PARLIAMENT’S FAILURE TO APPROVE ENERGY SUBSIDIES HAS SWIFT AND HARSH CONSEQUENCES
The failure last week by parliament to approve the emergency request to release funds for the government’s subsidies programme to support independent electricity producers – a contractually agreed commitment by the way – has had sharp and harsh consequences for the country, as two thermal power plants were shut down by the operators, waiting until they have been paid before resuming electricity production.
This left the country with a daytime shortfall of at least 50 MW but more critically a peak demand period shortfall of at least 120 MW, prompting the power distribution company UMEME to institute an immediate rationing schedule which is now blacking out parts of the country again.
Business operators, already suffering from creeping devaluation of the Uganda Shilling and inflation rates of over 15 percent, have immediately demanded that government pays up their arrears to power producers, which now reportedly stand at over 300 billion Uganda Shillings while members of the public too have cried out for a swift resolution of the stand off.
While it is not clear if power producers are legally obliged to generate electricity under the terms of their licenses regardless of the circumstances, it is clear that once they run out of money to fund operations, especially when due to government not paying subsidies towards the hugely risen diesel and heavy fuel oil charges, they simply cannot go on to run their plants without putting fuel into them.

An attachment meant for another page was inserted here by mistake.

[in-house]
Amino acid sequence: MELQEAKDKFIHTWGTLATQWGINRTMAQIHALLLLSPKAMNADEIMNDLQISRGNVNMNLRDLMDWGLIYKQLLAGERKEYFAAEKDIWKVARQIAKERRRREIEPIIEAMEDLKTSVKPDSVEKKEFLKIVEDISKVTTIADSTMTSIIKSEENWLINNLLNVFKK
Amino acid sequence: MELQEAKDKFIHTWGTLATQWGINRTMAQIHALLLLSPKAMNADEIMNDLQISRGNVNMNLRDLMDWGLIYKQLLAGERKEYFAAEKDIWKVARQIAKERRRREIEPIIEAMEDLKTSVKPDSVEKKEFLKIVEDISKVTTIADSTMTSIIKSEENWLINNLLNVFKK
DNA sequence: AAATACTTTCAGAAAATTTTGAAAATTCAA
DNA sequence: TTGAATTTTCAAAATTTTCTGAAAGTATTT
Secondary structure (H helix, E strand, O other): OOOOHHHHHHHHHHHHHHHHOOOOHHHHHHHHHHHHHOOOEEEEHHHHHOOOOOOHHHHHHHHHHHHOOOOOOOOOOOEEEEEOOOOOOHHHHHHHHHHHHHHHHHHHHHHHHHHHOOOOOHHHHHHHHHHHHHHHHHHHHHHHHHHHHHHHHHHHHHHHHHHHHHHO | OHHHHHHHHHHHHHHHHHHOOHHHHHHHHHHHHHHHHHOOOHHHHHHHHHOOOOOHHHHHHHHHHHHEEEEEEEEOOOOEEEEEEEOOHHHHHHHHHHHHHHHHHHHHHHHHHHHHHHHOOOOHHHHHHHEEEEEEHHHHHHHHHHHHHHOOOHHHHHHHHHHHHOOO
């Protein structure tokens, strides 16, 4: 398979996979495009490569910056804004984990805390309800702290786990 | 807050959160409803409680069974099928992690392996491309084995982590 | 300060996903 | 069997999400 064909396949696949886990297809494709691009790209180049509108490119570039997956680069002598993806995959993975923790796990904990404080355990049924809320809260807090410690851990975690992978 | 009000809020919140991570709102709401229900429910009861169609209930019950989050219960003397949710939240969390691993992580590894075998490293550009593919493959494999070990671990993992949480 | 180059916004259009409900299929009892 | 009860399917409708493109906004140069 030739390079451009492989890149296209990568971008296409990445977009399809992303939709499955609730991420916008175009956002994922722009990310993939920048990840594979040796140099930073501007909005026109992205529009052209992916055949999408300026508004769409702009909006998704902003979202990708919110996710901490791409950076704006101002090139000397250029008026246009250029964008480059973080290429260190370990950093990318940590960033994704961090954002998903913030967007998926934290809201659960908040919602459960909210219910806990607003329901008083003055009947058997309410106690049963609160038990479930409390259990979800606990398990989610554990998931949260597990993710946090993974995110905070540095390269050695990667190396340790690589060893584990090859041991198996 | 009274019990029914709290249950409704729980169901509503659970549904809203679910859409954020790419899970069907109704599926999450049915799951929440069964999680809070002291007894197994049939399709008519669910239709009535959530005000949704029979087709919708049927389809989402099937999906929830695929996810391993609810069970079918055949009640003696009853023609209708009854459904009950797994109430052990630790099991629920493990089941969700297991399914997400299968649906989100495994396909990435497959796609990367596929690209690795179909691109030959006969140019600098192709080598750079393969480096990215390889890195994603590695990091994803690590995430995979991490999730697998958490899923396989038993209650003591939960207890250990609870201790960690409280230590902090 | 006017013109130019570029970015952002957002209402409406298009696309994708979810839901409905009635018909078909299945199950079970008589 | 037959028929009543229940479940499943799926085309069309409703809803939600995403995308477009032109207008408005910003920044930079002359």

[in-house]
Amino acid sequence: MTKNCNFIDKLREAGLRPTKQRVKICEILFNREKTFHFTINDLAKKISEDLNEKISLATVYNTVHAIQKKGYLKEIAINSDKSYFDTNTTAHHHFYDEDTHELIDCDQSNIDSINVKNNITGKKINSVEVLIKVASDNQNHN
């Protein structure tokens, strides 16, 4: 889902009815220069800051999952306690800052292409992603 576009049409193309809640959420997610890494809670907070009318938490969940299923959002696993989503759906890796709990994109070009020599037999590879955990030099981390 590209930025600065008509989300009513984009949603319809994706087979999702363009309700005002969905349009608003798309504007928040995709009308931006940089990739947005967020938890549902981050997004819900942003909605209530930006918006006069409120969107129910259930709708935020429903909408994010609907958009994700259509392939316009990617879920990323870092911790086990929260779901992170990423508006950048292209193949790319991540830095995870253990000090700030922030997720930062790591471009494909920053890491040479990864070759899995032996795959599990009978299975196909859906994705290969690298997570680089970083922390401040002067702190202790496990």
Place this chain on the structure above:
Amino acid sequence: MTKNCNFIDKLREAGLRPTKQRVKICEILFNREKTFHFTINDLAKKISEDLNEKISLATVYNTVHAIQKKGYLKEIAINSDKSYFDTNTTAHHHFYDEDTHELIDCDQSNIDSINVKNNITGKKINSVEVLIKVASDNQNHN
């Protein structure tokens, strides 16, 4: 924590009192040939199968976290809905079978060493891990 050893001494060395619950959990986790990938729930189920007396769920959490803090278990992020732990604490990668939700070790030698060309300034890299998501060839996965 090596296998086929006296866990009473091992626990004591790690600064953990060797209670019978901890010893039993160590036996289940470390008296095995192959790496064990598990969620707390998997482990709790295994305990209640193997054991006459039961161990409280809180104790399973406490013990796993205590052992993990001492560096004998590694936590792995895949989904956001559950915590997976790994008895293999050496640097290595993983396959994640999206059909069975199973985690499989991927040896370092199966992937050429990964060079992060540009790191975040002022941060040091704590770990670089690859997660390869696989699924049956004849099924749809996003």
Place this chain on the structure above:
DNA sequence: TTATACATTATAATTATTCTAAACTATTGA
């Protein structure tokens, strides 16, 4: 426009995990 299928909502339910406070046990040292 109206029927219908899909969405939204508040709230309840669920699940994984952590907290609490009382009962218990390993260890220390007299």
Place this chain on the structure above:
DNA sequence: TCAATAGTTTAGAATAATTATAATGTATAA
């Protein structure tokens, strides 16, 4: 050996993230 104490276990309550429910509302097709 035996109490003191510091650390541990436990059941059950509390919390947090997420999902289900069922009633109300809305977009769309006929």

The new Bujagali hydro electric plant, a partnership led by IPS of Kenya, a company under the umbrella of the Aga Khan Fund for Economic Development, is due to come on line with a first output of 50 MW of relatively cheaper hydro power by October this year, due to rise to the full 250 MW by sometime in late 2012 while plans are being accelerated to begin construction of the Karuma Falls power plant which according to design changes could produce up to 750 MW, then putting Uganda in the position to have spare capacity at hand and vigorously roll out the planned rural electrification programme while assuring manufacturers and other businesses that load shedding is finally a thing of the past.
Meanwhile though have regular sources demanded that UMEME rations power to parliament until such time that the house attends to the crisis and approves the funds due for payment without further ado to rescue the country from once again sitting in darkness. Said one regular and acidly critical source on condition of anonymity: ‘these MP’s are mad, what business do they have to stop government paying out the subsidies. Let them sit in the dark too and deliberate by candle light as many of my fellow Ugandans now do. It is irresponsible of the highest order to mess up the country like this. The other day they were given training and seminars about responsible leadership and so on, but have they understood the word ‘responsible’ at all. For once we cannot blame UMEME but this time it is our own representatives in parliament. How are businesses able to run generators now with the price of diesel and petrol and all the other problems our economy already has. This is a parliament problem and shame on them’.
Harsh words but entirely true – high time our august house wakes up to reality unless they want the people to ‘walk to parliament’ in support of government.